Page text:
Eid Mubarak

There is something about growing. When you are young , you want to become an adult as soon as possible. But once you are old, you want to regain your youthful looks. But there are some things which are timeless. For instance, Elvis songs will never go old, a Picasso painting will never be out of fashion. A somerset Maugham will still warm your heart.
As a child, two of my favorites were Maugham’s ‘ The Luncheon’ and Munshi Premchand’s Idgah. More about Maugham some other day.
Munshi Premchand was the master of understatement. His signature style was his simplicity. He could go deeply in very complex human issues and yet retain his simple narration. I read almost all his stories and novels but my favorite remained ‘idgah’. It is the sublime story of a four year old orphan’s touching story about sacrifice and love. He conquers his temptaion and buys a pair of tongs for his grandmother whose hands get singed every time she bakes chapatis. The only other story that comes close is ‘ The Gift Of Magii’ another brilliant story of love and sacrifice.
Eid brings a lot of fond memories. Bakr Eid has always been my favorite . Just loved the aromatic pulaos and the sheer. The sheer is normally not made on Bakr Eid. But my mother was a pure vegetarian. It was made specially for her , not that we complained. Those were the times when the neighbors were thoughtful and sensitive. Today the pace of life has killed that relation.
Food is the bridge that connects people. It gives the festivals a meaning. I have a lot of Muslim friends. Unfortunately the distances have meant that we simply exchange greetings over phone. So now the celebrations are more of the commercial kind. Gone is my friend’ mothers loving touch.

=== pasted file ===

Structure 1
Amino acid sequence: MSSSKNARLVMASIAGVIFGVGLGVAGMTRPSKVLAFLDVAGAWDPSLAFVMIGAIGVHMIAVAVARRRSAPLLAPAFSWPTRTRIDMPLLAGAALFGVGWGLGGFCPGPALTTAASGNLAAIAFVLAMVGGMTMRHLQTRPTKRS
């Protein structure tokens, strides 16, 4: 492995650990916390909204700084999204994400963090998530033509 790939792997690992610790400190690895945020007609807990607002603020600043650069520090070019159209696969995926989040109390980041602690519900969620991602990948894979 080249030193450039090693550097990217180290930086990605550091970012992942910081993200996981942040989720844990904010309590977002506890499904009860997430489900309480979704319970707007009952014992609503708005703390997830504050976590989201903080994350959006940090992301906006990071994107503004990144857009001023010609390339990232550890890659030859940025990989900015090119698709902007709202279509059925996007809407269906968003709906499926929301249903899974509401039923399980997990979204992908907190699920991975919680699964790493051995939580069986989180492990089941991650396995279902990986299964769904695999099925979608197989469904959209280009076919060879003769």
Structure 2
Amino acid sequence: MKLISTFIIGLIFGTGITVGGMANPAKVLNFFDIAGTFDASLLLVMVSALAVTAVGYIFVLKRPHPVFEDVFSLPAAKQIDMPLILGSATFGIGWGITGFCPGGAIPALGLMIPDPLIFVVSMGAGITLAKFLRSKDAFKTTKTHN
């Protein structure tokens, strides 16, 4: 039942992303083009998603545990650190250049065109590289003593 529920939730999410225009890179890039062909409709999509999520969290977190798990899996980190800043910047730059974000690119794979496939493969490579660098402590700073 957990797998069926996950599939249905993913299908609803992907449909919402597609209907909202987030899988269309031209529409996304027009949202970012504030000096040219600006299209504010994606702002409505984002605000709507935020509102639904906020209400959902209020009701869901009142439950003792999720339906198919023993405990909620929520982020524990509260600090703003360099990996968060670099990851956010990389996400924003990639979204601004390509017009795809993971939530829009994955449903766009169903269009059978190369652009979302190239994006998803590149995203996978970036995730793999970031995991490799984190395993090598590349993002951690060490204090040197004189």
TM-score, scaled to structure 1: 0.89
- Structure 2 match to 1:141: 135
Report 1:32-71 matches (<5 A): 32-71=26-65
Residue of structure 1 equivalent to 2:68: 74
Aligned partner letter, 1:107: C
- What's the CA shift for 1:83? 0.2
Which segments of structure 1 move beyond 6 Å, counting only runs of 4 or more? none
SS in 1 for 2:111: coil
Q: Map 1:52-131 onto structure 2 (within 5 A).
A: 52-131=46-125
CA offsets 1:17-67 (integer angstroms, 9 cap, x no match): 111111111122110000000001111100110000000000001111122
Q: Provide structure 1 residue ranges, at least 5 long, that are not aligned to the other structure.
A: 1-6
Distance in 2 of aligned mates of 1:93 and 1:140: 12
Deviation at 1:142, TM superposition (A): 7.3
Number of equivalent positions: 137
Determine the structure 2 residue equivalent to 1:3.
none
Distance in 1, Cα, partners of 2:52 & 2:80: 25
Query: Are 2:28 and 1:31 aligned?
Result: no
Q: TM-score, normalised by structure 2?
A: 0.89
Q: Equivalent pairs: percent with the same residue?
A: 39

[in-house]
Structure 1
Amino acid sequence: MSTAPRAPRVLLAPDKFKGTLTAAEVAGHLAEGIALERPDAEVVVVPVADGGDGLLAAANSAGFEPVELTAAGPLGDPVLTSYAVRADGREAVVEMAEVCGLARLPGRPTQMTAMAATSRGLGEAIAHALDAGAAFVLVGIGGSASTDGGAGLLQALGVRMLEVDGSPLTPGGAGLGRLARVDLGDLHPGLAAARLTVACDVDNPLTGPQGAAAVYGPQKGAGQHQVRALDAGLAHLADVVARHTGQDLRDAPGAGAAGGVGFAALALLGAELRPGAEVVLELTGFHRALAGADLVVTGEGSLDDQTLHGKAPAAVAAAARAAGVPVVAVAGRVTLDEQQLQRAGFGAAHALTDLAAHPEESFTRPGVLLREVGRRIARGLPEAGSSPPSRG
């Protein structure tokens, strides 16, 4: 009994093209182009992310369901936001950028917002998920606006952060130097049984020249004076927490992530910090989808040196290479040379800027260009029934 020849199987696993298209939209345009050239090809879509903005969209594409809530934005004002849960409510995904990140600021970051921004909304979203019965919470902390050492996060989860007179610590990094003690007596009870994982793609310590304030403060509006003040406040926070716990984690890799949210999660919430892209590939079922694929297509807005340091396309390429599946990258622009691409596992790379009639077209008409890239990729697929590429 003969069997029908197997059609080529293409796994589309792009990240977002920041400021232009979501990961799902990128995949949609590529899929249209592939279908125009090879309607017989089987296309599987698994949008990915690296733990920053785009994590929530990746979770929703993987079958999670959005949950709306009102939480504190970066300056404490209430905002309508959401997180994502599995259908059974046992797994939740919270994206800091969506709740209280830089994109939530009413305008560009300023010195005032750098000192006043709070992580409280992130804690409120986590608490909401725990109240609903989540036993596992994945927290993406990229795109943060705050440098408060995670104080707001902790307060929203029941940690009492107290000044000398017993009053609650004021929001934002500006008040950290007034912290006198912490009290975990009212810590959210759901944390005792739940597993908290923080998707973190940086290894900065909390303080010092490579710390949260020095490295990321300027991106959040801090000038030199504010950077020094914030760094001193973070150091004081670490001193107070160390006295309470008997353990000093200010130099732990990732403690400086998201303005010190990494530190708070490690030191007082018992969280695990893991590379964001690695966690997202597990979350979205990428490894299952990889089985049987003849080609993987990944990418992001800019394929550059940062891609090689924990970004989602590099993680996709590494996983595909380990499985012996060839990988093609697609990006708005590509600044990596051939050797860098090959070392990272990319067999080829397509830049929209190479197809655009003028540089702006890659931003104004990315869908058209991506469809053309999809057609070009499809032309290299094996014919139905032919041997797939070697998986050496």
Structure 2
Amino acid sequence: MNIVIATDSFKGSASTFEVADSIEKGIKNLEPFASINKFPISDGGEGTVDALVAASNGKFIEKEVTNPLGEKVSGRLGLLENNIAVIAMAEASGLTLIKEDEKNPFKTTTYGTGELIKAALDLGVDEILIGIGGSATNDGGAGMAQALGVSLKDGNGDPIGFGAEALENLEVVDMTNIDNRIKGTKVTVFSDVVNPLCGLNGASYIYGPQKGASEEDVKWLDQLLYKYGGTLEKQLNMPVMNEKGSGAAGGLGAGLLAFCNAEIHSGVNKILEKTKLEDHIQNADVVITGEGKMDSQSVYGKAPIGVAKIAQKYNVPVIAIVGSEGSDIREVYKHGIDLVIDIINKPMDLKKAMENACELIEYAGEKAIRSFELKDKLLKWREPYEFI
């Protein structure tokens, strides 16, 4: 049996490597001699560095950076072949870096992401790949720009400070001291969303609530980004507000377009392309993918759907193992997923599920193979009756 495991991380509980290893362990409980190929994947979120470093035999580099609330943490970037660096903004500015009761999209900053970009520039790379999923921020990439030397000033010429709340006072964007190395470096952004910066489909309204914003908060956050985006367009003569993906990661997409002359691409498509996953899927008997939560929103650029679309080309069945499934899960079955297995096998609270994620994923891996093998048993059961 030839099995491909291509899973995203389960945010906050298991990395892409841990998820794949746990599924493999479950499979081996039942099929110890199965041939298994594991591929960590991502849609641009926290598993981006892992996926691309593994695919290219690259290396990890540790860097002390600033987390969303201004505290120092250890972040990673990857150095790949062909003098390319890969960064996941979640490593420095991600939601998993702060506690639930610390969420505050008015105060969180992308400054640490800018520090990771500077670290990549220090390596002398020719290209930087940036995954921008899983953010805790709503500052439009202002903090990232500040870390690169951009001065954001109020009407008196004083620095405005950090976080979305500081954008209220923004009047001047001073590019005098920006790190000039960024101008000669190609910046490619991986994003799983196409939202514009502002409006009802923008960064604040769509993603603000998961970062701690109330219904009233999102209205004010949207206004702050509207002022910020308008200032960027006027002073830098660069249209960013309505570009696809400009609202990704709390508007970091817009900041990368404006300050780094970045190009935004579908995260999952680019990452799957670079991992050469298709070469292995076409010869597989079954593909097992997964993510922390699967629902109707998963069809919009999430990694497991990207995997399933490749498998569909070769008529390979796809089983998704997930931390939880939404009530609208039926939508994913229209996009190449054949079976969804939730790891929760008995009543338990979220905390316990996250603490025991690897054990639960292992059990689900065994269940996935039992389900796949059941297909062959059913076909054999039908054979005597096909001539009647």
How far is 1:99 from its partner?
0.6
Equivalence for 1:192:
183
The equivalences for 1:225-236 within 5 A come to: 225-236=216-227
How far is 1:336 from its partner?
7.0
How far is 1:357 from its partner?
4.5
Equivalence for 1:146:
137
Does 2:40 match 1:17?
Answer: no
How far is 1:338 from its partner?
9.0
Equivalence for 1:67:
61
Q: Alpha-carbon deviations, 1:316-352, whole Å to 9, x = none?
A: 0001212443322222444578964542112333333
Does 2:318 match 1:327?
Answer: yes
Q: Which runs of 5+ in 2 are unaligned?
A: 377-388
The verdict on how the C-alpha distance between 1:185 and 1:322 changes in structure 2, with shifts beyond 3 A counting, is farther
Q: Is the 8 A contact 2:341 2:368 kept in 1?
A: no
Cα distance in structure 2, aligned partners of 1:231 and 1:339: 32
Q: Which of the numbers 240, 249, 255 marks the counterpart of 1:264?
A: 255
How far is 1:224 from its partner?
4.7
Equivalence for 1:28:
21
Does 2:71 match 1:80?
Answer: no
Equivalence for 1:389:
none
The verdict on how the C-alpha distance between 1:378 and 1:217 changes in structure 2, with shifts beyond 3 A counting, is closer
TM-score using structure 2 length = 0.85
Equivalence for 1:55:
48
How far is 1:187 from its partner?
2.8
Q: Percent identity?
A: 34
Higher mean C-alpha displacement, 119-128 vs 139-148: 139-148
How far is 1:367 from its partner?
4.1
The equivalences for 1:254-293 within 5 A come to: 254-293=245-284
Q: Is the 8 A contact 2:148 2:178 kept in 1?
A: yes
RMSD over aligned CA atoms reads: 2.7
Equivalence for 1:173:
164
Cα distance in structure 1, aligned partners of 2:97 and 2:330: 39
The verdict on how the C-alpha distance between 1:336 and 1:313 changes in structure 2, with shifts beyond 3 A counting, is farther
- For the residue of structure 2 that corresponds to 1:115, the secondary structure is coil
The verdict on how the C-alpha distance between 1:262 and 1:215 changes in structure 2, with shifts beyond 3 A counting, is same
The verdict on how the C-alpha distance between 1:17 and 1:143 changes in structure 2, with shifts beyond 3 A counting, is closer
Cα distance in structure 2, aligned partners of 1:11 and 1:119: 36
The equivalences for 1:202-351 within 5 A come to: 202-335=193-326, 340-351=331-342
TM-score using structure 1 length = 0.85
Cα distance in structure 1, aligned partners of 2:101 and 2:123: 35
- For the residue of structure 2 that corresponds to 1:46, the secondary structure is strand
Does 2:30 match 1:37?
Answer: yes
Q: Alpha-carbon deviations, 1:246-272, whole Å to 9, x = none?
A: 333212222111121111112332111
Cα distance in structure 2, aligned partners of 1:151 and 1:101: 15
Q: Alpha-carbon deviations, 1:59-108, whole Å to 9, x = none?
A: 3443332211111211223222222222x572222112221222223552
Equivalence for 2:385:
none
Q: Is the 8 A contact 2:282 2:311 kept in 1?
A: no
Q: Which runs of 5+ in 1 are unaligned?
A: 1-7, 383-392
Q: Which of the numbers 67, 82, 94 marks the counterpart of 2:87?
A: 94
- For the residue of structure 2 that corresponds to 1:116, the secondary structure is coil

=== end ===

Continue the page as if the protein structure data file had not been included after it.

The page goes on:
Hyderabad is a glutton’s paradise. You can have mouth watering delicacies like the succulent biryanis with the mirchi ka salan and raita and polish it off with the delightful khubani ka meetha, a kind of pudding made from apricot. For the veggies too , there is always the delectable bagara baingan.
But for me the Ramzaan holds a special place. That is the only time you get the mouth watering haleem and the special nihaari. Haleem is a porridge made out of wheat and lamb meat. It has very high calories and eaten by the Muslims after breaking the fast. The speciality of Haleem is that it keeps you hydrated and full till the next evening. Nihaari is made out of lamb bone and tongue. Both these dishes need infinite patience and is cooked on slow heat for hours and hours together.
In UK, our neighbors were some very nice and considerate Pakistani. We lived in perfect harmony. We received platters from the kind neighbors. The food looked so artistic in presentation that it broke our heart to eat it.
Times have changed and so have our priorities. We all are always running chasing a mirage. These festivals are like speed breakers. They bring back the perspective and remind us that there is more to life than ambition. There is something simple yet important – Enjoyment.
A happy Eid to all the readers.

About Sudhir 58 Articles

Author of a two novels, Pizza Porn and Rambler Inn and Other Stories , nothing about Sudhir has been cool and smooth. Trained to be an engineer, he realised that he wasn’t cut out for that role. So he left engineering and worked abroad for a decade. He saw three ghastly terrorist attacks from close quarters. Whether it was Mumbai or New York or London, the response has been the same – of fear, outrage and sheer bravery.